The entire purpose of constructing an Software Defined Data Center is to allow new data center services to be rapidly provisioned in response to business demands. But the business does not just want a data center service. The business wants and needs either a full development environment in support of custom application deployment, or a full business application delivered as a service. Cloud Management is the crucial layer of software that adds application level services to SDDC services to create solutions for the business.
Articles Tagged with Cloud
Last week HP announced their “second generation” HP Moonshot 1500 enclosure and Intel Atom S1260-based Proliant Moonshot systems, a high-density computing solution targeted at hyperscale computing workloads. They’re billing it as the first “software defined server” and claiming that it can save 89 percent of energy, 80 percent of space, and 77 percent of the cost of their DL380 servers.
EMC and VMware’s pivotal moment has officially spun off and the Pivotal Initiative, a big data and cloud platform company is slated to go public according to EMC CEO Joe Tucci while speaking with investors at an event in New York. EMC’s chief strategist and ex-CEO of VMware, Paul Maritz, who is leading the Pivotal Initiative, believes and expects it to be a billion dollar business within the next five years if they can get the $400 million initial investment needed to reach that goal. EMC will own 69 percent and VMware will own 31 percent with 1,250 employees and $300 million in revenue.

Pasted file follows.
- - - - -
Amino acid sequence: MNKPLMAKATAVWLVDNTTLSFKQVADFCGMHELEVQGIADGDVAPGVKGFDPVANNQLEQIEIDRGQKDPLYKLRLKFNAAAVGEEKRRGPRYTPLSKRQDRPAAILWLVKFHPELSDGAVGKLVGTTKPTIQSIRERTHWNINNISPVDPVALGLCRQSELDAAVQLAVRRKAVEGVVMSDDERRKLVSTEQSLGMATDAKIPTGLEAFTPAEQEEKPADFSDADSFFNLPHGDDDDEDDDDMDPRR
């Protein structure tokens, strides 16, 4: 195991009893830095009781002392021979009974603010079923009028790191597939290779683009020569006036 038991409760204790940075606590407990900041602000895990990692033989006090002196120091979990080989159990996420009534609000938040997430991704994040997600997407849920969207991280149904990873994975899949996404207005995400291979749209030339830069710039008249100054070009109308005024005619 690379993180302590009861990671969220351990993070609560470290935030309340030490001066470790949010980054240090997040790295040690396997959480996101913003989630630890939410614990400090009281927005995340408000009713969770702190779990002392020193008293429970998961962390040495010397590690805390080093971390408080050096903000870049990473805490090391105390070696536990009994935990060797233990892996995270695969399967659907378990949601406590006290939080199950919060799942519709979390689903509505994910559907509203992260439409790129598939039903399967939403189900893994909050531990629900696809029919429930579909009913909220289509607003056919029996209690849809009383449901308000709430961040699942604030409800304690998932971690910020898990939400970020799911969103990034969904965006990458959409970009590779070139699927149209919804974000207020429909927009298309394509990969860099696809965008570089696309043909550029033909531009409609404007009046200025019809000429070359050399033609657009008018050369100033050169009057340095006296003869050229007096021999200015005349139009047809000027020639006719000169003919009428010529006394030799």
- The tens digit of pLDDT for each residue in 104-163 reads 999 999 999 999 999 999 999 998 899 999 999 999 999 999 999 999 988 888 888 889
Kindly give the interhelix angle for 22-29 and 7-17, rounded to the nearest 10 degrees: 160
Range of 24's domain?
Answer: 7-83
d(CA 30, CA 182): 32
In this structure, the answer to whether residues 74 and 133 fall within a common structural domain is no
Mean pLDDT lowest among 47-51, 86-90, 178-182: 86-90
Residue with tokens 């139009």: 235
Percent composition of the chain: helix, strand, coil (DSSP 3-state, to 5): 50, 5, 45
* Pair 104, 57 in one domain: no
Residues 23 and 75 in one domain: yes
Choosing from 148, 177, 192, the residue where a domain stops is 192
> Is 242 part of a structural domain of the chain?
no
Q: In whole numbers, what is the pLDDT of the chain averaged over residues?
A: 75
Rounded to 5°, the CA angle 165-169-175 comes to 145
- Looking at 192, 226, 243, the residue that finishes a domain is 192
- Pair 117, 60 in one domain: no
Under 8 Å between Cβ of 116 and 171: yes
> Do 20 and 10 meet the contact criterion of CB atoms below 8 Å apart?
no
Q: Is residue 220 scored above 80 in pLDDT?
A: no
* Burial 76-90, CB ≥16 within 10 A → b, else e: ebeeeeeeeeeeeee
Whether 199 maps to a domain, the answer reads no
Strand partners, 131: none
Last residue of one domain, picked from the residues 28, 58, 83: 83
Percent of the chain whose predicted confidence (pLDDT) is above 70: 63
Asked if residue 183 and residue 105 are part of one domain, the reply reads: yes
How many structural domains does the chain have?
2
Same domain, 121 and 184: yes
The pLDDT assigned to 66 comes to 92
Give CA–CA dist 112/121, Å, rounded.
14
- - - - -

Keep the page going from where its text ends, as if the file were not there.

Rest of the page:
Where does virtualization stop and the cloud start? I was reading a post that one of our analysts, Edward Haletky, posted and the very first sentence caught my eye and really got me thinking.
“I was going to write about how building a cloud is similar to moving, but the more I think about it, the more I think people are confusing an automated virtual environment with a cloud: IT as a Service is not just about cloud. Having automation does not imply your virtual environment is a cloud or visa versa.”
The team that brought you KVM are back with a new product and new direction. Qumranet founders —Benny Schnaider and Rami Tamir, have lifted the covers off Ravello Systems announcing it nested hypervisor platform HXV and a bold goal to create a cloud spanning hypervisor that will allow workloads to be moved from platform to platform regardless of the underlying infrastructure.
Waratek is a one-off company with a disruptive technology (remember VMware was like this once) that forces you to reset your undertanding of how things could work. Waratek’s big idea is that you virtualize as high up the stack as you can because that gives you the best benefit in terms of sharing infrastructure. So rather than replicating operating systems on a hypervisor accessing shared hardware, you simply replicate as small a part as possible of the Java Virtual Machine (JVM). Everything else (hardware, operating system and most of the JVM) is shared.